Patents, trade marks, copyright and designs in Norway: overview

A guide to intellectual property law in Norway. The Main IPRs Q&A gives an overview of the protection and enforcement of the following IPRs: patents, trade marks, registered designs, unregistered designs, copyright and confidential information.

To compare answers across multiple jurisdictions, visit the patents, trade marks and designs Country Q&A tool.

This Q&A is part of the multi-jurisdictional guide to IP law. For a full list of jurisdictional Q&As visit www.practicallaw.com/ip-mjg.

Steinar Lie and Kristine S Snyder, Bryn Aarflot AS
Contents

Patents

1. What are the legal requirements to obtain a patent?

To be patentable, an invention must:

  • Be of a technical character.

  • Be susceptible of industrial application.

  • Be new in relation to the prior art.

  • Differ essentially from prior art (that is, must show an inventive step).

 
2. What categories are excluded from patent protection?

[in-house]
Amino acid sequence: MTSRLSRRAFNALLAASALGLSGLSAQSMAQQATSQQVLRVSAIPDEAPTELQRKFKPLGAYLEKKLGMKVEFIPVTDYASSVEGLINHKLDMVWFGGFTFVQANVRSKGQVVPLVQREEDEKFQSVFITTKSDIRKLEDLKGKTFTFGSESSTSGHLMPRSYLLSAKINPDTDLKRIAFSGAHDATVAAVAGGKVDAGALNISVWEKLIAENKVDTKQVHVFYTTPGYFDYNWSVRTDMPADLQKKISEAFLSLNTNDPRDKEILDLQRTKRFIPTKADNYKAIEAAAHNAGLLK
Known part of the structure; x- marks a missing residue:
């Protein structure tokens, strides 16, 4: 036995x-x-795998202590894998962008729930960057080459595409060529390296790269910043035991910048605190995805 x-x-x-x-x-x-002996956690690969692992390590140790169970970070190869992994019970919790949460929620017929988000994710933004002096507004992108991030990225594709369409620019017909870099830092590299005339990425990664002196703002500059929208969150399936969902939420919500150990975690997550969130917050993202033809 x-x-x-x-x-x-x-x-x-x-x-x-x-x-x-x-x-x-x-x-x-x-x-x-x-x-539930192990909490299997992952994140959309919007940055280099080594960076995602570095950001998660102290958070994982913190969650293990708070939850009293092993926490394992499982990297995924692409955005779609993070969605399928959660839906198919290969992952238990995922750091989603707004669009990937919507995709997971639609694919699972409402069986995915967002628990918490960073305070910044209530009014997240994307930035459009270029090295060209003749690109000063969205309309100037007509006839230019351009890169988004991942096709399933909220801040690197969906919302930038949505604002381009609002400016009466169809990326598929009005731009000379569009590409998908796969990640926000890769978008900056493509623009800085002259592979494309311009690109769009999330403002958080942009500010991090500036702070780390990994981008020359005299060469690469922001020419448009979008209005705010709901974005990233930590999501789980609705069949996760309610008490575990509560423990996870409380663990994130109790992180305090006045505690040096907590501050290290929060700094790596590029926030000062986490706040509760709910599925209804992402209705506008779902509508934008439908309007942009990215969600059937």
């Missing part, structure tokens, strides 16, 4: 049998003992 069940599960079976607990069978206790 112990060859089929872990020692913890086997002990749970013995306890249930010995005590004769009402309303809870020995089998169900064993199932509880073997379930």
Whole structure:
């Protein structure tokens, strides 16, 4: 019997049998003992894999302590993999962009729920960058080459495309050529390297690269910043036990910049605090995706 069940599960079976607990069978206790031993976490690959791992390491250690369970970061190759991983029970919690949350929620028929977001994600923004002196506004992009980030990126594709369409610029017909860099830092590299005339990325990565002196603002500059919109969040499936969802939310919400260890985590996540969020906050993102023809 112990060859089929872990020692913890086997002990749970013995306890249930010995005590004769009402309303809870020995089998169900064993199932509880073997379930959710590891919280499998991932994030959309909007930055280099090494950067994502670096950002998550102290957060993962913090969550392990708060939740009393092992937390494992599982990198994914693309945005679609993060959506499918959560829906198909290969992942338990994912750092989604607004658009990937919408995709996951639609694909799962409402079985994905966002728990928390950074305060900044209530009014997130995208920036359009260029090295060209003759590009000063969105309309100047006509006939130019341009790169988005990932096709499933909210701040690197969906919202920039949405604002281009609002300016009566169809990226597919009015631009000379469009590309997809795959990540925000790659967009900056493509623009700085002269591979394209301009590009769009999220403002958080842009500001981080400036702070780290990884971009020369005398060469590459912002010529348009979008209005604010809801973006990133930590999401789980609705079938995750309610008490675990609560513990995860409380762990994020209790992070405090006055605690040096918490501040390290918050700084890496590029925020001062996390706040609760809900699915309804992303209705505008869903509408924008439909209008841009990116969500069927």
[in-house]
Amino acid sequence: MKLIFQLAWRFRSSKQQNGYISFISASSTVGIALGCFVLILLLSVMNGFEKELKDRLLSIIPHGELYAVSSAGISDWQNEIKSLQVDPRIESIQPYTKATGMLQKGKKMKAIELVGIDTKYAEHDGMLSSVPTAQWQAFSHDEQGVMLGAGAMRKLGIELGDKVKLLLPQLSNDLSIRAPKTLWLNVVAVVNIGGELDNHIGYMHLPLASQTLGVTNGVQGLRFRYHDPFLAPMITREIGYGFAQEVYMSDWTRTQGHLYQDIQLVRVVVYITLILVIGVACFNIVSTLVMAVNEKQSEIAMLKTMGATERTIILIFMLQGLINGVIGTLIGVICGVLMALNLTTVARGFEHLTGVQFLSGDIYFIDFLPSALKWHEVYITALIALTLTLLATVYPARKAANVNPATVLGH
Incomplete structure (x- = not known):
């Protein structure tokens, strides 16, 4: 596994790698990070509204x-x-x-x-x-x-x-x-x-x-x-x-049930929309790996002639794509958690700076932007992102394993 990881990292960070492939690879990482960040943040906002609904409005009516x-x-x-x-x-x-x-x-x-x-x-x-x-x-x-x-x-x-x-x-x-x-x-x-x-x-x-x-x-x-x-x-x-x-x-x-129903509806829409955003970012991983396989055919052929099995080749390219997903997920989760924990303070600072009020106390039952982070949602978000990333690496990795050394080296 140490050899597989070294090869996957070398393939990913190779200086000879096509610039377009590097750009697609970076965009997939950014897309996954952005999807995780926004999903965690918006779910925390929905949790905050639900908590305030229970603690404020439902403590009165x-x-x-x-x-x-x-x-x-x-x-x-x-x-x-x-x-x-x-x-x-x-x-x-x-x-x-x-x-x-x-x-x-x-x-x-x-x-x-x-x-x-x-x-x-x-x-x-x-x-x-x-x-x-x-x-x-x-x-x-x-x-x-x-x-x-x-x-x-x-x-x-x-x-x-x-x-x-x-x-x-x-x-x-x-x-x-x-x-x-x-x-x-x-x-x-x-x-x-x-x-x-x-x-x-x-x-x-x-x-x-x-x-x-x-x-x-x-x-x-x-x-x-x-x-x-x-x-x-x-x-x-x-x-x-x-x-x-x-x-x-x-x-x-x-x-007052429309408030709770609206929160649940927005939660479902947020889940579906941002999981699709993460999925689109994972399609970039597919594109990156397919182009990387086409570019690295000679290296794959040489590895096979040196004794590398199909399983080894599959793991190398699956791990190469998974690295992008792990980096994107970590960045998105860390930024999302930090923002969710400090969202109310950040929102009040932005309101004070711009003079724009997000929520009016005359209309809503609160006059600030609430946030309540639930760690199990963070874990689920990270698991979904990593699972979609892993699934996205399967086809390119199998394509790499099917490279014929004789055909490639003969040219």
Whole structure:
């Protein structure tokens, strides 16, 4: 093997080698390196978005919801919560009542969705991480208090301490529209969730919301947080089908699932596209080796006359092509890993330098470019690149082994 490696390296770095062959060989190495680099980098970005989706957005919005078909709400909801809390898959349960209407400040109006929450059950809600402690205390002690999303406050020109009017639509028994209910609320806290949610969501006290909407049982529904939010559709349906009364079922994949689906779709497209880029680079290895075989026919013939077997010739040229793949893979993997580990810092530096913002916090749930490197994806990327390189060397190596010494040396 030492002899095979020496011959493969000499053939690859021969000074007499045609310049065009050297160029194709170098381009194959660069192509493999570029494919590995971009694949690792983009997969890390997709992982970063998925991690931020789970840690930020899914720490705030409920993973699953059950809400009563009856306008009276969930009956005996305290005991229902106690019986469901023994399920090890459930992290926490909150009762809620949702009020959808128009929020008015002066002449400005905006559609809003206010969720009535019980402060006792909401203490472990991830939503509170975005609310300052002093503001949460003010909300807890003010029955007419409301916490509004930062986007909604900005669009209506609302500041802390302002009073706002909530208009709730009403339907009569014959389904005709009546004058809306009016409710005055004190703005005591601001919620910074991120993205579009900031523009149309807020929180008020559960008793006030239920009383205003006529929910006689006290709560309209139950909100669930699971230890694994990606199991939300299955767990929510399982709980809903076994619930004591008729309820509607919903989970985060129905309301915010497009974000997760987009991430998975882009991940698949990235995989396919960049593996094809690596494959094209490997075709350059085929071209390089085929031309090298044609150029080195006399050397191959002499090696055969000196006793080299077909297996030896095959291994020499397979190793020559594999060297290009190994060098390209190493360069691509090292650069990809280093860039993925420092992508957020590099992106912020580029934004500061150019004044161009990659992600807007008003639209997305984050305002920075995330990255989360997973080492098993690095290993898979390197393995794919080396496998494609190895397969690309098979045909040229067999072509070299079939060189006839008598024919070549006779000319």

The following are excluded from patent protection:

  • Scientific theories and ideas.

  • Surgical and therapeutic methods.

  • Plants and animals.

  • Animal and plant producing methods.

 
3. Which authority registers patents? Does its website provide guidance on the application procedure?

The Norwegian Industrial Property Office (NIPO) is the regulatory authority. Full details on procedure and patentability/grounds for refusal are available on its website (www.patentstyret.no).

 
4. On what grounds and when can third parties oppose a patent application or challenge an issued patent?

Third parties can oppose a patent application or challenge an issued patent when the:

  • Criteria for patentability are not met.

  • Scope of the application/registration is too broad.

  • Description does not enable the skilled person to carry out the invention.

An opposition can be filed during the application process or within a nine-month opposition period.

 
5. When does patent protection start and how long does it last?

Protection is granted from the filing date/international filing date. Protection lasts for 20 years. An additional five years of protection is available for medical inventions.

 
6. On what grounds can a patent infringement action be brought?